Film review of ‘Hail, Caesar!’

A Coen concern … like where art thou, bros?

As the head of production at the fictional film studio ‘Capitol’ during the early post-war years, Eddie Mannix (Brolin) fills his time outside the office cleaning up after the contracted talent, making sure their extracurricular activities don’t end up as tabloid fodder. He juggles the police, priests and the press in an effort to keep any digressions on the hush-hush.

With unmarried starlet Deanna Moran (Johansson) all knocked up outside of marriage, Mannix forces her to agree to putting the child into foster care so that she can later adopt – in order to avoid controversy that might hurt her public profile and, by extension, the studio.

Meanwhile, the big production currently underway is ‘Hail Caesar! A Tale of the Christ’, but when leading man Baird Whitlock (Clooney) is kidnapped and held to ransom by a communist cell working inside the studio, it falls to Mannix to make sure the cameras keep rolling …

Numbskull No 3
Few writer/directors are as prolific as the Coen Brothers. Surpassed only by Woody Allen in terms of quantitative output, many of their films, such as The Big Lebowski and Fargo, have gained cult status. However, like Allen, they have had their fair share of misfires, of which their 2004 remake of the Ealing comedy The Ladykillers is a notable example.

And they have produced a number of films received with critical and box office indifference. O Brother Where Art Thou and Burn After Reading fall squarely into that latter category, and so it might come as little surprise should Hail, Caesar!, which joins those two films to complete what the Coens call a ‘Numbskull Trilogy’, elicits a similar response.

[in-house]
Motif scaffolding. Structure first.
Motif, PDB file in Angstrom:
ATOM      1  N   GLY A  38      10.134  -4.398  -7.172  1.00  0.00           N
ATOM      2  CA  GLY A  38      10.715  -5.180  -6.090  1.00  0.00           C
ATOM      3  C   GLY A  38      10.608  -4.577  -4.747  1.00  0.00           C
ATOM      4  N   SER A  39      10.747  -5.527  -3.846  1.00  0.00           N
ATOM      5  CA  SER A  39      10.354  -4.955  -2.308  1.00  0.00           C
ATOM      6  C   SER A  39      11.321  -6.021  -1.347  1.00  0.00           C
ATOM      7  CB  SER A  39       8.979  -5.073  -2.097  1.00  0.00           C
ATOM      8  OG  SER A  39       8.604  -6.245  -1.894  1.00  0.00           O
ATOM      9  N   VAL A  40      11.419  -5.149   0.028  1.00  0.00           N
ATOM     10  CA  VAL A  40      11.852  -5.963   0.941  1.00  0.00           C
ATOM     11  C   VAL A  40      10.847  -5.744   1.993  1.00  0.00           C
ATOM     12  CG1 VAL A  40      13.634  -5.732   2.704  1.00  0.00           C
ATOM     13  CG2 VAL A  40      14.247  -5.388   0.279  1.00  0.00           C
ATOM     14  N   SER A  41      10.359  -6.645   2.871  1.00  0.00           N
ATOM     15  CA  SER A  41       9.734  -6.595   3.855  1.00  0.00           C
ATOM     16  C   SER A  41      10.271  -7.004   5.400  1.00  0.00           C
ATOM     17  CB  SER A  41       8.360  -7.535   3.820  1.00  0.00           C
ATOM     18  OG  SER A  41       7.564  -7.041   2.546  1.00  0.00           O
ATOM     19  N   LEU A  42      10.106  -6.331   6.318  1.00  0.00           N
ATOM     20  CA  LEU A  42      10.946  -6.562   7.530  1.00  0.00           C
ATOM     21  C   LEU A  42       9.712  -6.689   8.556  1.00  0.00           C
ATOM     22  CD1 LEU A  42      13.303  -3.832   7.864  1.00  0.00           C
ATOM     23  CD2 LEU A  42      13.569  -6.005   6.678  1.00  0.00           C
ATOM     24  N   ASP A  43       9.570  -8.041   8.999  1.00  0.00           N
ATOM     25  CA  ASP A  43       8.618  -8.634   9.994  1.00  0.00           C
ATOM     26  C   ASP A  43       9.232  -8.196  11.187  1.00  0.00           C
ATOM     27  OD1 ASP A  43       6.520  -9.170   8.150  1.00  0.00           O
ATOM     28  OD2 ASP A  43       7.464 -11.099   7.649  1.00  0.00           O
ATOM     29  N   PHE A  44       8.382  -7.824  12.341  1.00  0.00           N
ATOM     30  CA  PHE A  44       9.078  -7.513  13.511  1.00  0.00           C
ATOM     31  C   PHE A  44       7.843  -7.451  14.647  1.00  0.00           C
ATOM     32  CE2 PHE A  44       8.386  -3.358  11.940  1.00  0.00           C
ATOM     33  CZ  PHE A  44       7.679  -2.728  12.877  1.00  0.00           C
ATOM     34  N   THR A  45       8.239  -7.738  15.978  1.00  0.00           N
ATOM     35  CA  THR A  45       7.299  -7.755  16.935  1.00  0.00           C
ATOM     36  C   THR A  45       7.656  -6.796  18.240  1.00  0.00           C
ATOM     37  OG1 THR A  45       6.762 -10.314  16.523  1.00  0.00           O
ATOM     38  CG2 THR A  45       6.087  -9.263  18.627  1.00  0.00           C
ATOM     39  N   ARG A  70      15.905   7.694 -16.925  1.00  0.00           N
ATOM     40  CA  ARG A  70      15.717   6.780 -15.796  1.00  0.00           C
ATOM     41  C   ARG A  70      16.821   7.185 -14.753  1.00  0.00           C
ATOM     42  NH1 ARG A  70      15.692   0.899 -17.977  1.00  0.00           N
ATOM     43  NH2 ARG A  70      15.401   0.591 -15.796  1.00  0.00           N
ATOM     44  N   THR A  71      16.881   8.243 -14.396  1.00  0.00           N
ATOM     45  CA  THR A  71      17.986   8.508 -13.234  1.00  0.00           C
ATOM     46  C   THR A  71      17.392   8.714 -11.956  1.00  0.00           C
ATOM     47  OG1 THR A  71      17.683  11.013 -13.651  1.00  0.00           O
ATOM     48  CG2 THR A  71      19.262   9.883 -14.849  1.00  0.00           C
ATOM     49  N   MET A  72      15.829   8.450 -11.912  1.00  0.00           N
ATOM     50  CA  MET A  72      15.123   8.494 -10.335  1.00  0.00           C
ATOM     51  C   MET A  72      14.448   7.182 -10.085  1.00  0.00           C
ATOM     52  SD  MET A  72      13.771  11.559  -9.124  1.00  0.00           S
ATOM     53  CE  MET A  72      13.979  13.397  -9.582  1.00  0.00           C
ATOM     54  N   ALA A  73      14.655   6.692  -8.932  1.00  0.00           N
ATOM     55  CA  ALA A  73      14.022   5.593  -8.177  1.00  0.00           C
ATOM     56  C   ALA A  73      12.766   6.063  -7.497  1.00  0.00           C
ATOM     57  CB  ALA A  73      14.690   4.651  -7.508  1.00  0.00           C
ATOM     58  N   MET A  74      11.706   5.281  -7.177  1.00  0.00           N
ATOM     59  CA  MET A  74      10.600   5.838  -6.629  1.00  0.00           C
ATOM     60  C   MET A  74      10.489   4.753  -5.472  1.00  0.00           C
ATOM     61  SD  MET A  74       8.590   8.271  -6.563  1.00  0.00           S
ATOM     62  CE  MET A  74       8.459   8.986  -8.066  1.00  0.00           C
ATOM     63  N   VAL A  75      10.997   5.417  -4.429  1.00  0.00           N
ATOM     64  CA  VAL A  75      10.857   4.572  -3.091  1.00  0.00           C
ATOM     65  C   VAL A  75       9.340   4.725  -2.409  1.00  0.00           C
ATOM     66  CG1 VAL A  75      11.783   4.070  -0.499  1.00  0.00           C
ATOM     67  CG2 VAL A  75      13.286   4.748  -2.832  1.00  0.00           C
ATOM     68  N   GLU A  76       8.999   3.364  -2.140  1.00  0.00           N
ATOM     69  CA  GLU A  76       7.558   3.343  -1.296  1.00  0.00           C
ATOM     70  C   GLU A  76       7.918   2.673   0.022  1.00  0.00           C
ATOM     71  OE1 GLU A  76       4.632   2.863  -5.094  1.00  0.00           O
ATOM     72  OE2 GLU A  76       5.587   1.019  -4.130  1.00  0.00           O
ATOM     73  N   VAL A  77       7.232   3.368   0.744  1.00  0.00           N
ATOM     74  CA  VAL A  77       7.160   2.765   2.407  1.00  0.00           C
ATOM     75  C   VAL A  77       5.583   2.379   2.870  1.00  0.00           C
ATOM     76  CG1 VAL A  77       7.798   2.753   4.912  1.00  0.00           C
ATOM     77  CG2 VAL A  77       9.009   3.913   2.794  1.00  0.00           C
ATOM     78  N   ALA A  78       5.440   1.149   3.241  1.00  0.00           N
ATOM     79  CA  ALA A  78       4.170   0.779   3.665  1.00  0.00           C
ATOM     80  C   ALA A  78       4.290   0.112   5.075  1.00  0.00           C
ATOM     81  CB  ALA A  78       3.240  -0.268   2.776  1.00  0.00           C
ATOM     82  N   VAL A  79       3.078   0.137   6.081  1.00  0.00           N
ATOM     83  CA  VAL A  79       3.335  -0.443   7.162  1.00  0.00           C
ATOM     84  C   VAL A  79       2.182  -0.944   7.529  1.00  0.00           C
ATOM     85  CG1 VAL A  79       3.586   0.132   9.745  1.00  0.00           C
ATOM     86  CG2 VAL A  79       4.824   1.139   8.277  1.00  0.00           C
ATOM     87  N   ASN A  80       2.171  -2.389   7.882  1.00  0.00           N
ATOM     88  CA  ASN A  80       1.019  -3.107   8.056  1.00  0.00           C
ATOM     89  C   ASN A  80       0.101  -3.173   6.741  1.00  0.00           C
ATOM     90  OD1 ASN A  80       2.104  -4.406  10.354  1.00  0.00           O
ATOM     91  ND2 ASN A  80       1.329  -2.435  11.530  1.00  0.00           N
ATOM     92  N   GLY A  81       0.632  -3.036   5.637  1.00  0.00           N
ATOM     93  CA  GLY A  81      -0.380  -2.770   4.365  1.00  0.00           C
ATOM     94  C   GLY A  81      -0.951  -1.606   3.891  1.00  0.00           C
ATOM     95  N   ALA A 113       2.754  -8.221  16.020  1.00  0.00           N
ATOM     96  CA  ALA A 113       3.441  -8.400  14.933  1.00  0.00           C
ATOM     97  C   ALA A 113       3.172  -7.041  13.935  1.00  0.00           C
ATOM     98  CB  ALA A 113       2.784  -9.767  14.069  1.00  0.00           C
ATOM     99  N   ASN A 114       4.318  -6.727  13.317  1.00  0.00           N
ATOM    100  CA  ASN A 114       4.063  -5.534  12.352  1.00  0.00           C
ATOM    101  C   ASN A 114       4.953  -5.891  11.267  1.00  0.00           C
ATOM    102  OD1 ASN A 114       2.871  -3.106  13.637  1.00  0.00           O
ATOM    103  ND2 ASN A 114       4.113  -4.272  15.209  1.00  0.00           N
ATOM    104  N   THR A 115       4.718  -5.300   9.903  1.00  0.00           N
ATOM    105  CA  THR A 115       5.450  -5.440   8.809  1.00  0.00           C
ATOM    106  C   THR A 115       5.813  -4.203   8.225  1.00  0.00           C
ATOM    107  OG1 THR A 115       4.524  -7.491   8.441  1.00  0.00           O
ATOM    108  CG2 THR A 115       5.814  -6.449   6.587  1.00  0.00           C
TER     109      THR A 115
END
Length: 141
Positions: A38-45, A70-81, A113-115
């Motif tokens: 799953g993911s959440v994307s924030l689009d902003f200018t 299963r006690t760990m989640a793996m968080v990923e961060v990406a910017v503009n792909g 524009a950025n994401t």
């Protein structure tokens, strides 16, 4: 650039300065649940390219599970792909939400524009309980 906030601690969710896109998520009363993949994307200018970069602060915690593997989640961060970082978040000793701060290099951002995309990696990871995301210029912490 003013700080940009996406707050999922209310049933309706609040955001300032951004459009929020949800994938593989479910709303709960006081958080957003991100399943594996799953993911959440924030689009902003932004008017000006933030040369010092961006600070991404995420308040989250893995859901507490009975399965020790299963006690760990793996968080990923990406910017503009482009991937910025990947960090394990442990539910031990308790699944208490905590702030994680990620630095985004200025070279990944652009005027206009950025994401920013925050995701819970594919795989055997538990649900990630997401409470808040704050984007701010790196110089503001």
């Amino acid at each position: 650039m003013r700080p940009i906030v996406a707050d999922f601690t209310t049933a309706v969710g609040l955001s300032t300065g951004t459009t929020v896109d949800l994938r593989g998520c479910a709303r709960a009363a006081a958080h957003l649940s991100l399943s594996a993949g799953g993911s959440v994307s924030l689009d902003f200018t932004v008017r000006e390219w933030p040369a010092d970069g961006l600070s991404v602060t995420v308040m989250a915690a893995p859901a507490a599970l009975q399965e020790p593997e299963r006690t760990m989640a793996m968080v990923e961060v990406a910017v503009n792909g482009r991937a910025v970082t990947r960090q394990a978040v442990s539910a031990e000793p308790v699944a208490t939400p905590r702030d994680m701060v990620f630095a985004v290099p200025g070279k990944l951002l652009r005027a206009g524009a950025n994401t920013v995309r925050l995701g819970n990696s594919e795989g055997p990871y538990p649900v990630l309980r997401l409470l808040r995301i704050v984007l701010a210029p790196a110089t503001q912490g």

Honorary Brother Brolin
Brolin, who is fast becoming a Coen regular, is as ever eminently watchable in a role not dissimilar to his detective from Paul Thomas Anderson’s Inherent Vice.

And of course, being a film made by the Coen Brothers, there are some amusing moments – in particular, one in which Mannix heads a round-table debate about the representation of the life of Christ with a cross-section of religious leaders, none of whom can find any theological common ground on the subject of Christ let alone the script.

A bit bare on the Red Scare
The era of the Red Scare – when paranoia about Russian spies was reaching fever pitch in Hollywood, which was also depicted in the recently-released Trumbo – is an undeniably fascinating one in US history. However, much of this paranoia is mined for comedic irony over political intrigue.

Far better is the film’s recreation of the cinema of the American golden age, with sequences lovingly homaged by the Coens’ regular cinematographer Roger Deakins.

One such sequence features a tap routine performed by a band of sailors led by a surprisingly adept Channing Tatum, brilliantly aping Gene Kelly in Anchors Aweigh.

Good ingredients, poor mix
As with many of the Coens’ films, the cast is large and impressive, but in this case, less might have been more. In addition to those already mentioned, we get Tilda Swinton, Ralph Fiennes, Jonah Hill, Frances McDormand etc.

None of their characters have the necessary screen time to warrant your engagement, and in similar fashion – despite much potential in the film’s many elements – Hail, Caesar! is not quite the sum of its parts.